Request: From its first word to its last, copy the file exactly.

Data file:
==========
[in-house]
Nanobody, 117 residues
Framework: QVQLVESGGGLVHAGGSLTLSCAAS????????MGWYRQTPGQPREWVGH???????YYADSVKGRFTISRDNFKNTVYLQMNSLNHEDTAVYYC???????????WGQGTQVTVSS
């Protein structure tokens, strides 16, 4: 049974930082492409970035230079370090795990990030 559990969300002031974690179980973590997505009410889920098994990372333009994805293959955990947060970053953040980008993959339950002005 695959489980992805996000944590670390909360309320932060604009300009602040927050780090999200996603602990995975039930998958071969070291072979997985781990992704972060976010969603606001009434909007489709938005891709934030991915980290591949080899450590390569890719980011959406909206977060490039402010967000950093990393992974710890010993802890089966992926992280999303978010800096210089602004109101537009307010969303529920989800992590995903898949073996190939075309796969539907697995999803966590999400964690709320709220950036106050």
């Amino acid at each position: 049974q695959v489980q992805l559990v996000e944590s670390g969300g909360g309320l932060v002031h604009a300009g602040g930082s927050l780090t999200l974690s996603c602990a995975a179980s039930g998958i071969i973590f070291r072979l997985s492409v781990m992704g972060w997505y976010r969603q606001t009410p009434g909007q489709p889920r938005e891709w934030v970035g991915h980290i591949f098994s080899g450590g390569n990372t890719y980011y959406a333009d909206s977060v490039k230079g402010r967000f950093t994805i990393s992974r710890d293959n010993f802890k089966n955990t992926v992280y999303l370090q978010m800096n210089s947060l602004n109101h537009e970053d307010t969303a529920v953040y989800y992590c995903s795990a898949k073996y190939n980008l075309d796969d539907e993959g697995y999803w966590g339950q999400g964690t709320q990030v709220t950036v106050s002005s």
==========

[in-house]
Nanobody, 117 residues
Framework: QVQLVESGGGLVHAGGSLTLSCAAS????????MGWYRQTPGQPREWVGH???????YYADSVKGRFTISRDNFKNTVYLQMNSLNHEDTAVYYC???????????WGQGTQVTVSS
């Protein structure tokens, strides 16, 4: 049974930082492409970035230079370090795990990030 559990969300002031974690179980973590997505009410889920098994990372333009994805293959955990947060970053953040980008993959339950002005 695959489980992805996000944590670390909360309320932060604009300009602040927050780090999200996603602990995975039930998958071969070291072979997985781990992704972060976010969603606001009434909007489709938005891709934030991915980290591949080899450590390569890719980011959406909206977060490039402010967000950093990393992974710890010993802890089966992926992280999303978010800096210089602004109101537009307010969303529920989800992590995903898949073996190939075309796969539907697995999803966590999400964690709320709220950036106050």
């Amino acid at each position: 049974q695959v489980q992805l559990v996000e944590s670390g969300g909360g309320l932060v002031h604009a300009g602040g930082s927050l780090t999200l974690s996603c602990a995975a179980s039930g998958i071969i973590f070291r072979l997985s492409v781990m992704g972060w997505y976010r969603q606001t009410p009434g909007q489709p889920r938005e891709w934030v970035g991915h980290i591949f098994s080899g450590g390569n990372t890719y980011y959406a333009d909206s977060v490039k230079g402010r967000f950093t994805i990393s992974r710890d293959n010993f802890k089966n955990t992926v992280y999303l370090q978010m800096n210089s947060l602004n109101h537009e970053d307010t969303a529920v953040y989800y992590c995903s795990a898949k073996y190939n980008l075309d796969d539907e993959g697995y999803w966590g339950q999400g964690t709320q990030v709220t950036v106050s002005s």